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Buy what you know? Shares you don’t know can prove better

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Dice engraved with the words buy and sell, possibly in FTSE 100
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“Buy what you know.”

In one form or another, novice investors often hear advice like that. Investing legend Peter Lynch, for instance, based a number of the most successful investments in his Magellan fund on just such a strategy.

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Warren Buffett, to choose another investing legend, has spoken of investments passing his ‘refrigerator test’. In other words, do potential investments manufacture and sell well-known products, beloved of consumers?

And given the money that he’s made from refrigerator stalwarts such as Heinz and Coca-Cola over the years, it’s difficult to argue that the strategy hasn’t worked, at least for Buffett.


But for another take on the strategy, consider budget airline Flybe (LSE: FLYB). Floated at 295p a share back in 2010, Flybe has been battered by turbulence ever since.

By early 2014, the shares had sagged to 150p. By early 2018, 50p. At that point, Flybe was still a £100 million airline. But at the time of writing, it’s worth about £5 million—and there’s an offer on the table to take the whole business private at a valuation of £2.2 million.

Put another way, that’s just 1p a share.

City institutions have taken a hit, of course. But so have small shareholders, many from the West Country, where Exeter-headquartered Flybe is a popular and well-known airline.

Maybe buying what you know wasn’t such a great idea.

Unpleasant aftertaste

The débâcle that is Patisserie Holdings (LSE: CAKE), owner of the Patisserie Valerie bakery chain, is another example.

Back last summer, I remember reading an article in the Financial Times, of all places, that extolled the virtues of this high-performing simple-to-understand business.

Er, no. As accusations swirl, there’s a suspicion that it’s not only the company’s delicious pastries that have been in Patisserie Valerie’s ovens: the books may have been cooked, as well.

A simple-to-understand business, to be sure. But a bit more complicated than some shareholders thought, it seems.

Fooled by the familiar

Getting inside investors’ minds is always difficult.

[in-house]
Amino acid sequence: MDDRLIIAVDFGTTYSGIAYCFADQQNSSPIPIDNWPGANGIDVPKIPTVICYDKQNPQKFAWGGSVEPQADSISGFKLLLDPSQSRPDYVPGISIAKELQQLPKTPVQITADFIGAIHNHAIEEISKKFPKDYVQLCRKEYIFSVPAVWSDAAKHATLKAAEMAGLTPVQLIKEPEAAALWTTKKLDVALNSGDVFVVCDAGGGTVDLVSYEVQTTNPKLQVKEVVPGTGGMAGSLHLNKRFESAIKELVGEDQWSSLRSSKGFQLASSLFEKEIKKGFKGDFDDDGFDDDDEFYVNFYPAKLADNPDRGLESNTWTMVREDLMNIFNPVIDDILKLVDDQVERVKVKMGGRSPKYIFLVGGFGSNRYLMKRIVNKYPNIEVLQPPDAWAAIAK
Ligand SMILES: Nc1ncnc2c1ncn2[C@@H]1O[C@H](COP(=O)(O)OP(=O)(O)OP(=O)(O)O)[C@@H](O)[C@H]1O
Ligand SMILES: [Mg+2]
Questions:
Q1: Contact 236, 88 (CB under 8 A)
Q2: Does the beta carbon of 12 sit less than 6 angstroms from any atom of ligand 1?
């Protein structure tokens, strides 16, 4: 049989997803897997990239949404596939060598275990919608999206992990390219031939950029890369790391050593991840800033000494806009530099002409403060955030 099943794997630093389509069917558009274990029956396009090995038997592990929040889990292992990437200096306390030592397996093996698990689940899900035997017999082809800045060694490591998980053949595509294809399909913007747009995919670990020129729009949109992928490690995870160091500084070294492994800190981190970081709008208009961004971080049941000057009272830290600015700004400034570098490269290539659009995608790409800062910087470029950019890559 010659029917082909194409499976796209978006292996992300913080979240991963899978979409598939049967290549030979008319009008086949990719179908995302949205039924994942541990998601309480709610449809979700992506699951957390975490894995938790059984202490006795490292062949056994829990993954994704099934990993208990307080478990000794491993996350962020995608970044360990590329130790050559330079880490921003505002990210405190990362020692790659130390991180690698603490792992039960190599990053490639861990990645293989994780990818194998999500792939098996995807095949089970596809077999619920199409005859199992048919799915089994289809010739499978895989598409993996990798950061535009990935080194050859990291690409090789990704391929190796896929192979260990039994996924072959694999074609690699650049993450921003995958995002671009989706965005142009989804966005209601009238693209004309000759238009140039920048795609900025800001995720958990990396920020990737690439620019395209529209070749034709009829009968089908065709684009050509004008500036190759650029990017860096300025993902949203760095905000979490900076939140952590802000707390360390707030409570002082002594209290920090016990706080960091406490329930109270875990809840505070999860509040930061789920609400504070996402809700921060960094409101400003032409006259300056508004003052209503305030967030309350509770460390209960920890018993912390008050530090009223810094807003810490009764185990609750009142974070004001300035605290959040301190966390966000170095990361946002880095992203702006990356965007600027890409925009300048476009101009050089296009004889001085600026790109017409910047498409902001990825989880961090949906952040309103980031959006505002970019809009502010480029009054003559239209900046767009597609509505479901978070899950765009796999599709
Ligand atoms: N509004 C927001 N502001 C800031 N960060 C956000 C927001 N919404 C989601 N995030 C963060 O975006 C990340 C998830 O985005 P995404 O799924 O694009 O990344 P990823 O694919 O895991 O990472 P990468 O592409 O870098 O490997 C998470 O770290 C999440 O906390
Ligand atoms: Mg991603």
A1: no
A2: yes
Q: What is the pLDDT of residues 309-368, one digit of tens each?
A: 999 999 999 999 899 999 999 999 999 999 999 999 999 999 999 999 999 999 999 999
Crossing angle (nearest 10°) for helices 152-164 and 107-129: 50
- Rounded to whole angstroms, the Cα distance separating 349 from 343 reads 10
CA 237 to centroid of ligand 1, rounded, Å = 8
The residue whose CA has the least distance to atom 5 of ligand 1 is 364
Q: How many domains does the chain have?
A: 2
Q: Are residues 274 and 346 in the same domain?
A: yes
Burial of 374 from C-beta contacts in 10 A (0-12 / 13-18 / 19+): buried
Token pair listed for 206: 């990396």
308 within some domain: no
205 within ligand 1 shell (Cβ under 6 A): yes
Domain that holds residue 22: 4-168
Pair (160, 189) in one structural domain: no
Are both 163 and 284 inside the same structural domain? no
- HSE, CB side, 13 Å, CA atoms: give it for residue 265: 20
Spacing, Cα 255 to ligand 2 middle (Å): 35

But at a rough guess, I’d say there are mistakes being made on two levels, here.

First, the lure of the familiar. You know the brand, you like the product—what can go wrong? As we’ve seen, plenty.

But the lure of the familiar isn’t the only danger, here. There’s a second bit of mental myopia going on: the disregard of the unfamiliar.

Opaque names

The unfamiliar?

Take a look at the FTSE 100, and you’ll see a lot of familiar names. Even ordinary folk who don’t take much of an interest in business can hardly to fail to recognize where they bank, who insures their car, where they shop, their electricity provider, and so on.

But what does Antofagasta do? Or Bunzl? Or Croda? Or Halma? Or Mondi? Or Smurfit Kappa?

Among popular Real Estate Investment Trusts (REITs) and investment trusts, especially those in the FTSE 250, names can be even more opaque.

What does Hammerson do? (Answer: it owns shopping centres and retail parks in 14 countries.) Scottish Mortgage? (Answer: it owns stakes in the likes of Amazon, Tesla, Facebook, and Alphabet—the company that owns Google.)  Temple Bar? (Answer: it owns stakes in juicy dividend-payers such as GlaxoSmithKline, Royal Dutch Shell, and HSBC.) Or Tritax Big Box? (Answer it owns enormous warehouses and logistics depots at strategic motorway junctions, leasing them to the likes of Amazon, Tesco, DHL, and Morrisons.)

A little knowledge can boost returns

Well done, if you knew that—but I reckon that it puts you in a minority among most ordinary investors.

And—out of interest—I own stakes in all those companies. Their names may not reveal much about what they do, but the profits they earn are indisputable.

The moral? It can pay to plough different furrows, and strike out into the unfamiliar.

Next time you see the name of an unfamiliar company, take the trouble to find out a little more about what it does.

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Malcolm owns shares in Tesco, Hammerson, Scottish Mortgage, Temple Bar, GlaxoSmithKline, Royal Dutch Shell, HSBC, Tritax Big Box, and Morrisons. Suzanne Frey, an executive at Alphabet, is a member of The Motley Fool’s board of directors. The Motley Fool UK owns shares of and has recommended Alphabet (C shares) and GlaxoSmithKline. The Motley Fool UK has recommended HSBC Holdings, Patisserie Holdings, Tesco, and Tritax Big Box REIT. Views expressed on the companies mentioned in this article are those of the writer and therefore may differ from the official recommendations we make in our subscription services such as Share Advisor, Hidden Winners and Pro. Here at The Motley Fool we believe that considering a diverse range of insights makes us better investors.

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